About Us · History and Fast Facts


About Us

History and Fast Facts

Founded in 1919, OSSTF/FEESO represents almost 60,000 public high school teachers, occasional teachers, educational assistants, continuing education teachers and instructors, psychologists, secretaries, speech-language pathologists, social workers, plant support personnel, attendance counsellors and many other educational workers.

The mandate of the Federation is to associate and unite teachers and all other employees of educational institutions or local government bodies of whatever nature, or who are employed by or engaged by any organization which provides services to an educational institution  or to a local government body, whether directly or indirectly, within the Province of Ontario, and to promote and safeguard their interests.

  • 1919

    The Birth of Federation
    On December 30, 1919, the Federation was founded at a meeting attended by 62 representatives, held at the Odd Fellows Temple at 229 College Street in Toronto. Within a year there were more than 1000 members from 14 districts.

    Oddfellows' Hall — First Meeting Place

  • 1920

    At its second annual meeting, OSSTF members pass a motion by Jessie Muir of Ottawa supporting “the principle of equal pay for equal work...”

    Jessie Muir — Equal Pay

  • 1925

    Federation is incorporated as a non–profit corporation with provincial charter. The first objective stated in the Letters Patent is “to associate and unite the Secondary School Teachers of the Province of Ontario and to promote and safeguard their interests.”

    Letters Patent

  • 1930

    Education Week, initiated under the auspices of the Federation, is held for the first time on October 19–24, 1930. Over sixty years later OSSTF members continue to celebrate this annual occasion.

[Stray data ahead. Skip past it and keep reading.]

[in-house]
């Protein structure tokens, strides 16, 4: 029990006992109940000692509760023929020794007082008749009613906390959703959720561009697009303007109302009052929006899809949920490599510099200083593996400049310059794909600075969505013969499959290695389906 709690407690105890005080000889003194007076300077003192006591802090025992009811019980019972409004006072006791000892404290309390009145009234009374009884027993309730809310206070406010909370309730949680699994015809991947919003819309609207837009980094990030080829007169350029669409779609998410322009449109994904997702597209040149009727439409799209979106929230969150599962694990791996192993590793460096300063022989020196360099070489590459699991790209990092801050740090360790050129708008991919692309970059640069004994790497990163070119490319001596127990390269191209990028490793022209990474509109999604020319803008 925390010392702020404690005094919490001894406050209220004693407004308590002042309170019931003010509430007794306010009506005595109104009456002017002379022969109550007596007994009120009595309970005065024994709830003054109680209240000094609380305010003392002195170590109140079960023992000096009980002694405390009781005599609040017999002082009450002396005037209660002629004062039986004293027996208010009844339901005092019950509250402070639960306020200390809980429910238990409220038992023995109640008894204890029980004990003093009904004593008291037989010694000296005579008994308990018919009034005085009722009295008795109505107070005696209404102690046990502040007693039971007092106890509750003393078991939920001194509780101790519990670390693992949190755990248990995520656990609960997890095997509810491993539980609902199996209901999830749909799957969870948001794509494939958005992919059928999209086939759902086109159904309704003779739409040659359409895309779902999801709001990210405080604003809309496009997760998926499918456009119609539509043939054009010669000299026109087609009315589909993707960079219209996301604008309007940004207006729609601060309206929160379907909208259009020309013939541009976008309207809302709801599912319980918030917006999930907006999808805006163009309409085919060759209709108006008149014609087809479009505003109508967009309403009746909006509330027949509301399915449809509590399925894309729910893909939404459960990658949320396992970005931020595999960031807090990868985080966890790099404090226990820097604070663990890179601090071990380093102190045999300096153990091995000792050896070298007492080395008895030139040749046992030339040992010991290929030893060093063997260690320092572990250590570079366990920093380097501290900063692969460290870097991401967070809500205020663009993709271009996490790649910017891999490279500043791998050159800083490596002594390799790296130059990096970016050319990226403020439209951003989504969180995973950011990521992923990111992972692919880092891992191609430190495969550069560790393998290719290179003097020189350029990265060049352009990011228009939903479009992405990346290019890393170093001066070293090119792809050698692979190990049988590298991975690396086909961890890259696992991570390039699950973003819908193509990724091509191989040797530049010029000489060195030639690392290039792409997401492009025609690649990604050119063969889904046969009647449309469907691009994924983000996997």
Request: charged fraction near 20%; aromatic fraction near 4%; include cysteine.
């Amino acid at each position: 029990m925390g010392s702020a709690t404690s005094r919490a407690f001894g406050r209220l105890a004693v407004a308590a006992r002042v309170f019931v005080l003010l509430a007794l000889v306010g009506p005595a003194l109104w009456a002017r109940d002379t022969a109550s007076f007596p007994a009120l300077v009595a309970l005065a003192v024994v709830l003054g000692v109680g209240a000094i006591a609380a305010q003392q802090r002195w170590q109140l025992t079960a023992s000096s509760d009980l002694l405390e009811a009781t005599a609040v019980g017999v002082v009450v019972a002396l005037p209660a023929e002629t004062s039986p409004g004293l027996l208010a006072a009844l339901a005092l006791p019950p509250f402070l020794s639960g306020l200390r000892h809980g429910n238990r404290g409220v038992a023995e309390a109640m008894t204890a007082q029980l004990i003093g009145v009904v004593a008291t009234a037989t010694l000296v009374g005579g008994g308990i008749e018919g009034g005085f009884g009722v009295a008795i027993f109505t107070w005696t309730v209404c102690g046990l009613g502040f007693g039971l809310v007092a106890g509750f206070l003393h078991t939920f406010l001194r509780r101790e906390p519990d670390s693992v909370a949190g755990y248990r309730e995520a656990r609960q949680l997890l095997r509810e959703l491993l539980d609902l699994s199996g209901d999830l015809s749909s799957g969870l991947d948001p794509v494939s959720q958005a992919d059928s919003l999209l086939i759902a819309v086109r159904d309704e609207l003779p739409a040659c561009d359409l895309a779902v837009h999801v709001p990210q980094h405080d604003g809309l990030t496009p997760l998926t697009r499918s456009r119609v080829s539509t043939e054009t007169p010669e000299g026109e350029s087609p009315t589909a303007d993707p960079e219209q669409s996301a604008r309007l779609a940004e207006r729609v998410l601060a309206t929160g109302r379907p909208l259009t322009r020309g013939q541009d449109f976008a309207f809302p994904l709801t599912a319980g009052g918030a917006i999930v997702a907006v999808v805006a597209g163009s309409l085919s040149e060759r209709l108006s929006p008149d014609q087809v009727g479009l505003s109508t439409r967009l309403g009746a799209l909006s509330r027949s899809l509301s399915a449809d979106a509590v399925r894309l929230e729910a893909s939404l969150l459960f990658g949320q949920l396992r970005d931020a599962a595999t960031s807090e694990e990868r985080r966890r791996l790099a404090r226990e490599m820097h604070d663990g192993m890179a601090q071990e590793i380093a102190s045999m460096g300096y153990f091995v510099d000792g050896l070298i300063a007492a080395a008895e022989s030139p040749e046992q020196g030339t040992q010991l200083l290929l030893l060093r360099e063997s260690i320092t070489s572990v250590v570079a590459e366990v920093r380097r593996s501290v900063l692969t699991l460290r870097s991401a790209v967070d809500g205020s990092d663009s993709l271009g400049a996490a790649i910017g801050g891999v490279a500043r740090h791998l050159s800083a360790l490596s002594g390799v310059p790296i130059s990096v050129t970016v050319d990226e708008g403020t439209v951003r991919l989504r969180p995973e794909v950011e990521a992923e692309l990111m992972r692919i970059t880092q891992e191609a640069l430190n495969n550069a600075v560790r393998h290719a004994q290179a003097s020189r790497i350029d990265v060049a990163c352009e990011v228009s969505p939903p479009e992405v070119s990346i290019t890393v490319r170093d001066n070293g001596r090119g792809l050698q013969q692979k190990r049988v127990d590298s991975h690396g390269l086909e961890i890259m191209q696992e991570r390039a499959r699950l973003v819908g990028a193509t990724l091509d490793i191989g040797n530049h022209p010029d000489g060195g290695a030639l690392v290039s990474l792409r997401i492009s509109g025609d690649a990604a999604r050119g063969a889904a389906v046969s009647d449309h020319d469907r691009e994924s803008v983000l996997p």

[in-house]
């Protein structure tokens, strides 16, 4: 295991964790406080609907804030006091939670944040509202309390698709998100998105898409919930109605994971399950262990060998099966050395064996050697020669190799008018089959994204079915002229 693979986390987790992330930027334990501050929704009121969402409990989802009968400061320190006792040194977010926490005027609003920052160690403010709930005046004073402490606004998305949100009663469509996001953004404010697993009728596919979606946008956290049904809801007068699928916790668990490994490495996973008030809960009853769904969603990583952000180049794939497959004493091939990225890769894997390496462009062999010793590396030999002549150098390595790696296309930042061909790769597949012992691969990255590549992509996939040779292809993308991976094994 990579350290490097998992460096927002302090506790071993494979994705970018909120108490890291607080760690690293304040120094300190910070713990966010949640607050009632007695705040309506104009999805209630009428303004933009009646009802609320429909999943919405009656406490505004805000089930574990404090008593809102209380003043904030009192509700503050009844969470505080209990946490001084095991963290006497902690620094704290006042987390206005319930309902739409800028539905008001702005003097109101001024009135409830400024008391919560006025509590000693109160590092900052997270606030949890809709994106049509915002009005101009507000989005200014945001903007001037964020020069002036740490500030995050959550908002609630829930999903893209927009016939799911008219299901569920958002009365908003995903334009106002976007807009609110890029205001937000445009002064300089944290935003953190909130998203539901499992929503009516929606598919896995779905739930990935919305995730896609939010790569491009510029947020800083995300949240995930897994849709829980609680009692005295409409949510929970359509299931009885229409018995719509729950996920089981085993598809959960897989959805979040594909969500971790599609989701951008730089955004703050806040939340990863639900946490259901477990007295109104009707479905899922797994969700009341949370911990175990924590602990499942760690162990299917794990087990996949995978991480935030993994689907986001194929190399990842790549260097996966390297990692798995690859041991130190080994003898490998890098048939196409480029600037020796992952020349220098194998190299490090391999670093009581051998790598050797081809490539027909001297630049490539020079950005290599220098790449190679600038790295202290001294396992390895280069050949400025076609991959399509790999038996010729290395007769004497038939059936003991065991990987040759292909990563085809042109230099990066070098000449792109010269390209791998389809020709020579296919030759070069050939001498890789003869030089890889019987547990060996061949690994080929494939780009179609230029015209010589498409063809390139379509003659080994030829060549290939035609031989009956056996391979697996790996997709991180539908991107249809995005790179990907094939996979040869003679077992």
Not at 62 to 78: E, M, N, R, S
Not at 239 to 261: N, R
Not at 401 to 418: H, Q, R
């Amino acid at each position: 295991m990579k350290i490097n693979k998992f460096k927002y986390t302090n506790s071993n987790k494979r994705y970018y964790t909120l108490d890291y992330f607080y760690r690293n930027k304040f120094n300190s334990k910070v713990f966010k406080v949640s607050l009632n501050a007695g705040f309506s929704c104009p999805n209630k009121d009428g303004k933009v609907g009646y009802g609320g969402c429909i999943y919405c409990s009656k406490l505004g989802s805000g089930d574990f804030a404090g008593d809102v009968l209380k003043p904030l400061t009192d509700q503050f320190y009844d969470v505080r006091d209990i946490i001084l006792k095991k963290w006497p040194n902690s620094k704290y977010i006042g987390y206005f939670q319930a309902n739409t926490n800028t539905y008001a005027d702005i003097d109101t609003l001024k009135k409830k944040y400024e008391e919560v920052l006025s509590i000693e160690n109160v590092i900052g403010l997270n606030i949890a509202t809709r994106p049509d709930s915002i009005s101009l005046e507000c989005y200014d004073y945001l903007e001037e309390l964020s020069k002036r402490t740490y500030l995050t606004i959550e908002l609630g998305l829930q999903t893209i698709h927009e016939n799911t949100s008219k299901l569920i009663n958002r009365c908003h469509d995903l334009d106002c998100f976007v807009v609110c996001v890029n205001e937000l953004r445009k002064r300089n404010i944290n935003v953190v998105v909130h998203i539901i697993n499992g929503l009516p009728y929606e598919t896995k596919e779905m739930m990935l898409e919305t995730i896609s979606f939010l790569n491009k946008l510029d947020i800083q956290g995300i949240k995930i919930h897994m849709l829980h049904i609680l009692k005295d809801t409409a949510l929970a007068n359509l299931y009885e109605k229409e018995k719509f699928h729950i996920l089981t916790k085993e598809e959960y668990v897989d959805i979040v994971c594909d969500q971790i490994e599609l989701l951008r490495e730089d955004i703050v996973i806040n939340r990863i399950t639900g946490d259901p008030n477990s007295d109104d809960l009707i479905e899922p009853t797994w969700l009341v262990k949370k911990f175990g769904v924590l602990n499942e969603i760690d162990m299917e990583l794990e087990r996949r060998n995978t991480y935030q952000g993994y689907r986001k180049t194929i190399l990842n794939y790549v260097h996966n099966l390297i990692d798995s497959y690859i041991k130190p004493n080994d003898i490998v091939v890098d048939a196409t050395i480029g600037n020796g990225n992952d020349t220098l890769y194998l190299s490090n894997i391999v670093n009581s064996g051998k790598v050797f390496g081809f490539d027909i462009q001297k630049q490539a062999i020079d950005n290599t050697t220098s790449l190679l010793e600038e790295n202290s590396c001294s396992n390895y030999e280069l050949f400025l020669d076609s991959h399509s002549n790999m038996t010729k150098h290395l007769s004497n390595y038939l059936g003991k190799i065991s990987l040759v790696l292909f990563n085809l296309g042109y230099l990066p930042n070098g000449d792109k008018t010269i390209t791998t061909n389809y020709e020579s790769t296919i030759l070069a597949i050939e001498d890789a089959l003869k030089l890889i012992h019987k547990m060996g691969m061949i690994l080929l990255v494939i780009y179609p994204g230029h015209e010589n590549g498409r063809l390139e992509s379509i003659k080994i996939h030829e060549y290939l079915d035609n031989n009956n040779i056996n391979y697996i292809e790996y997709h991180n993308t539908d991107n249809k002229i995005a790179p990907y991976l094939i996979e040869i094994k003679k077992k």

Education Week

  • 1965

    OSSTF publishes its first set of resource books covering topics such as Business, English, Geography, History and Science. The following year the Federation would publish resource books on Classical Languages, Modern Languages, Guidance and Music.

    Resource Books

  • 1973

    In response to the provincial government’s move to remove their right to strike, on December 18, teachers from across the province walked off their jobs en–masse in what was then Ontario’s largest political demonstration. The government conceded that teachers did indeed have the right to strike and committed itself to bargaining in good faith.

    Queen's Park

  • 1987

    OSSTF is certified as a trade union and starts to organize other categories of education workers. Soon Teachers are joined by Attendance Counsellors, Child and Youth Workers, Educational Audiologists, Educational Assistants, Occupational Therapists, Psychologists, Speech & Language Pathologists, and Social Workers.

    Annual Meeting of the Provincial Assembly (AMPA)

  • 1989

    25,000 OSSTF members and teachers from other affiliates fill Hamilton’s Copps Coliseum in a protest against the government’s proposed changes to the Teachers’ Superannuation Fund including the expropriation of $461 million. The protest leads to the formation of the Ontario Teachers’ Pension Plan.

    Copps Pension Rally

  • 1997

    OSSTF members across the province walk off their jobs to protest the provincial government’s Bill 160. After 10 days of protest, the government backed off on some changes and the public’s concern for public education was raised.

    Maple Leaf Gardens

  • 2002

    OSSTF organizes workers at Brock University, our first university sector bargaining unit. They are soon joined by three more university sector bargaining units: Algoma University-College, University of Ottawa, and Wilfrid Laurier University.

    University Sector

  • 2005

    OSSTF, in conjunction with its provincial affiliates releases its survey on bullying in the educational workplace. At the time, the report, delivered in two phases, was the first of its kind in North America.

    Bullying Reports

  • 2009

    Over the school year of 2008/2009, working under the auspices of Provincial Discussion Tables, negotiators from OSSTF/FEESO settled 132 collective agreements for teachers and support staff across the province without having to resort to a single job action or work disruption.

    Collective Agreements

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